Jotec: To explain to our readers, playing coop puts the players in control of the titular characters, Lara Croft and Totec, the Guardian of Light. Both characters have their unique abilities required to overcome the architectural challenges of a typical ancient Central American temple of doom with a fixed isometric camera. Lara Croft has a handy grappling gun that can hook into conveniently placed golden rings and Totec himself. This tool allows Lara to swing across chasms, Totec to tightrope-walk over lava pits, and for both characters to climb up or rappel down high walls. The Guardian of Light has his golden spears and trusty shield. The spears can act as narrow platforms for Lara to jump and balance on, and the shield can be used as a stepping stone for Lara to grab onto ledges or as straightforward protection against arrow-shooting mechanisms.
Just about every puzzle requires both characters to use these skills in tandem, and the mad dashes to safety occasionally demand the critical timing in performing these acrobatic acts. This gameplay aspect makes each player indispensable, either in unlocking hidden items or just progressing through the story. And nothing makes a couple’s relationship grow stronger than facing virtual adversity for virtual survival! (also LCOTGL is an ugly ugly acronym)
Rara Croft: Just like any good couple, each character is equipped with his or her own strengths and weaknesses… although in this case, there is literal equipment involved. You can choose from a variety of stat-increasing upgrades, focusing on stats such as power, speed, defense and bomb strength. Players can choose to focus on the same stats or to complement each other with different ones. Equipment is earned from completing puzzles and accomplishing level challenges, some of which can be pretty tricky! You can complete challenges that involve getting high scores, collecting red skulls, or achieving random tasks (like boulder rolling, which I just do not want to deal with!). In some cases, you can get new weapons from these challenges, from pistols to shotguns to even flamethrowers, whatever suits your style. All of these aspects together make for a game that is fulfilling to finish, in spite of its short length.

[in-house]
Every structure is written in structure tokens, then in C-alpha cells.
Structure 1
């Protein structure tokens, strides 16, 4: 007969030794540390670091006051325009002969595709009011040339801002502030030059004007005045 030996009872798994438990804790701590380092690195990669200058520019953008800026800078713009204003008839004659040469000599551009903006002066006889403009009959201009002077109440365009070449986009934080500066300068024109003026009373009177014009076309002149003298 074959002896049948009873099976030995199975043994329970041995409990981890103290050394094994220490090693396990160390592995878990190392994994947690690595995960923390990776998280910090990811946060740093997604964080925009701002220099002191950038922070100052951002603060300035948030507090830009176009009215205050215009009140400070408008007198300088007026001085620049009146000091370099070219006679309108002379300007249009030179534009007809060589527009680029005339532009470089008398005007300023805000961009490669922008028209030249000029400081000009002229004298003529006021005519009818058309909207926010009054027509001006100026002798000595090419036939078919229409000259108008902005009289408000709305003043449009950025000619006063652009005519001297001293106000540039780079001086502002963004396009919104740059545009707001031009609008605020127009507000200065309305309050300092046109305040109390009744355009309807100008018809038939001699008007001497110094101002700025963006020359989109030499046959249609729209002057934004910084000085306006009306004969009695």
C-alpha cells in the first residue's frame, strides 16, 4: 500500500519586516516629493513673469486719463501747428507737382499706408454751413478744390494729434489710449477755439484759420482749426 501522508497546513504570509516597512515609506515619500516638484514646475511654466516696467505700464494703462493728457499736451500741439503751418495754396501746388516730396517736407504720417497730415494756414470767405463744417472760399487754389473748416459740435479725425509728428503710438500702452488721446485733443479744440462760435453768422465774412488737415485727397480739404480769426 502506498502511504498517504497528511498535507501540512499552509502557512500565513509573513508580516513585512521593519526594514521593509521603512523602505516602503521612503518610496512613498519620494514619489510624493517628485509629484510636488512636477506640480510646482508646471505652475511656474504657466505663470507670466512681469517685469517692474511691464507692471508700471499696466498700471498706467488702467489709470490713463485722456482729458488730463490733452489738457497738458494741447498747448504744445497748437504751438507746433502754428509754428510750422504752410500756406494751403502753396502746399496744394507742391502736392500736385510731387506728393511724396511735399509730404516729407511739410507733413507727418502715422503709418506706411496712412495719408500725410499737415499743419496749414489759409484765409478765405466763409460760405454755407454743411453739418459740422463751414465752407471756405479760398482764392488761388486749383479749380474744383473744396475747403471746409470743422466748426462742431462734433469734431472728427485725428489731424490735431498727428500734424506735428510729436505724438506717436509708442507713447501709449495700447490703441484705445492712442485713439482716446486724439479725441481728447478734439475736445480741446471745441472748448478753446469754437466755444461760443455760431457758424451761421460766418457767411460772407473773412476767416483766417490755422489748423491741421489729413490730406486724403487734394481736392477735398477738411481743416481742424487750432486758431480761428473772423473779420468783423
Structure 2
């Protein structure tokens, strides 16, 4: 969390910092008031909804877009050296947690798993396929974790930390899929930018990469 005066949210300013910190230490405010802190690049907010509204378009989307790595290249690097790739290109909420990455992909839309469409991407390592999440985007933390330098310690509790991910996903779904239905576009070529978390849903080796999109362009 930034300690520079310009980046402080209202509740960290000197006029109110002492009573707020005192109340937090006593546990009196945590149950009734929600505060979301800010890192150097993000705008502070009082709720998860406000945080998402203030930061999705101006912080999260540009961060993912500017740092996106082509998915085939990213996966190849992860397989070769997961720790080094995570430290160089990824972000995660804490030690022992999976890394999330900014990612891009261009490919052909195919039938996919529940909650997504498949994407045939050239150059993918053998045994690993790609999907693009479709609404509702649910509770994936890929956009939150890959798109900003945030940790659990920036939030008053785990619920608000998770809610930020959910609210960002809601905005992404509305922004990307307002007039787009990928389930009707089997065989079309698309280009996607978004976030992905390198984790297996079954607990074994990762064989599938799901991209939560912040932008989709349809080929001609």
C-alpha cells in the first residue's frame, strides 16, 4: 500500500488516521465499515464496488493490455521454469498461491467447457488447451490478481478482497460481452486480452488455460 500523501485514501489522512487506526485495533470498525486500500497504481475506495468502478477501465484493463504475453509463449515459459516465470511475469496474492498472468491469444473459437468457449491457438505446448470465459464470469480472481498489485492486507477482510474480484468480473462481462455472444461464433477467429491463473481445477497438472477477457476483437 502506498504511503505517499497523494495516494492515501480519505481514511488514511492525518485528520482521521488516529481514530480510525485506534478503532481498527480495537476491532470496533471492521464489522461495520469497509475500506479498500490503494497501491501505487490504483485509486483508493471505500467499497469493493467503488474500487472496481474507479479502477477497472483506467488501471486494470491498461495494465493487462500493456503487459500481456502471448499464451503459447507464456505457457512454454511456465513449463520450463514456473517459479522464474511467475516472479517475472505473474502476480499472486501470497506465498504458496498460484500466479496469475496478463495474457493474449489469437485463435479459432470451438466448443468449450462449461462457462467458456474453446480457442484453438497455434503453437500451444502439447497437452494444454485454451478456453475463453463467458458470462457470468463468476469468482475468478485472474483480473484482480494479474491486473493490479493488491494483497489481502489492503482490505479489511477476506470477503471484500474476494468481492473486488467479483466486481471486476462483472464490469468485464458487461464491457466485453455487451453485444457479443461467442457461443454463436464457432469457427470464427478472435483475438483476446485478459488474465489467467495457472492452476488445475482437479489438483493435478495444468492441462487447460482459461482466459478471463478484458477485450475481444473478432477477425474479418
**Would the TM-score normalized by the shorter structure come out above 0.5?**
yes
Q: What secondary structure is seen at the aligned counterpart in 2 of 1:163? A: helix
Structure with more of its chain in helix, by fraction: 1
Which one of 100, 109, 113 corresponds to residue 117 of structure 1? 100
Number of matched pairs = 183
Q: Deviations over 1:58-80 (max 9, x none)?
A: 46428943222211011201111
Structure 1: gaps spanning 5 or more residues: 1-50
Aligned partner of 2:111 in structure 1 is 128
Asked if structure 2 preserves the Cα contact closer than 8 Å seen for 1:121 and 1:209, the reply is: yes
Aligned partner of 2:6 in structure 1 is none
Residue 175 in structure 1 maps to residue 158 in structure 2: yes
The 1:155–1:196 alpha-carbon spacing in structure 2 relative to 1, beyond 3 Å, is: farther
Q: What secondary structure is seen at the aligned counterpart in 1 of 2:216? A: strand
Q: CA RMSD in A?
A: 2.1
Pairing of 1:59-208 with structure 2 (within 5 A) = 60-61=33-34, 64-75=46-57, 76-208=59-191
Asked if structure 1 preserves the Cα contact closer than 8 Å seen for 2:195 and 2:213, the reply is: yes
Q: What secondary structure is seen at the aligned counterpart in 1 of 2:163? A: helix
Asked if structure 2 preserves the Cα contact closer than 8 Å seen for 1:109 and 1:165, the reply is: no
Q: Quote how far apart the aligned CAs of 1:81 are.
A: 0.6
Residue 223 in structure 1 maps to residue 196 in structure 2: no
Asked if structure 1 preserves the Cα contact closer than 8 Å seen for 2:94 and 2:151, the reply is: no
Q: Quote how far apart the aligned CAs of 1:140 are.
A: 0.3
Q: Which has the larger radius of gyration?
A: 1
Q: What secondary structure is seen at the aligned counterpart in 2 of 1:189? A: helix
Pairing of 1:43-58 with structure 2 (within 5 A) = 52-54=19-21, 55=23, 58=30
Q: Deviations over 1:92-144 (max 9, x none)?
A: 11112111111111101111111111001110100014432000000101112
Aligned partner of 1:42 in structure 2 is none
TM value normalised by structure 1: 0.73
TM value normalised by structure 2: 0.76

Jotec: I’m already planning on going through it again by myself! The single player has you just playing as Lara Croft but with Totec’s golden spear in tow to complete the puzzles that can’t be done without them. I believe the other puzzles will be streamlined to accommodate the lack of another player (if not outright removed!), so that should be a new and probably shorter experience. Which is fine with me, since there are the gear rewards for all the other challenges we didn’t finish (and there’s a lot of ’em!) to keep me going. It helps that all the other unlocks we got from playing together carry over, so I’m less worried about surviving the hectic combat sequences. Being able to jump around the already completed levels is another great point for its replayability.
In any case, Lara Croft and the Guardian of Light is a ton of fun that captures the spirit of its forebears while adding a nice twist to it with inspired cooperative play. With Square Enix’s dumb decision to keep Rise of the Tomb Raider exclusive to the XBONE for an unknown length of time, I’ll be more than happy to get my adrenaline fix of plundering ancient artifacts, fighting off supernatural evils, making leaps of faith, and actually raiding tombs when Lara Croft and the Temple of Osiris comes out December 9 this year on the current gen consoles and on the PC. I guess we’ll just have to drag, oh I don’t know, two more friends for maximum fun?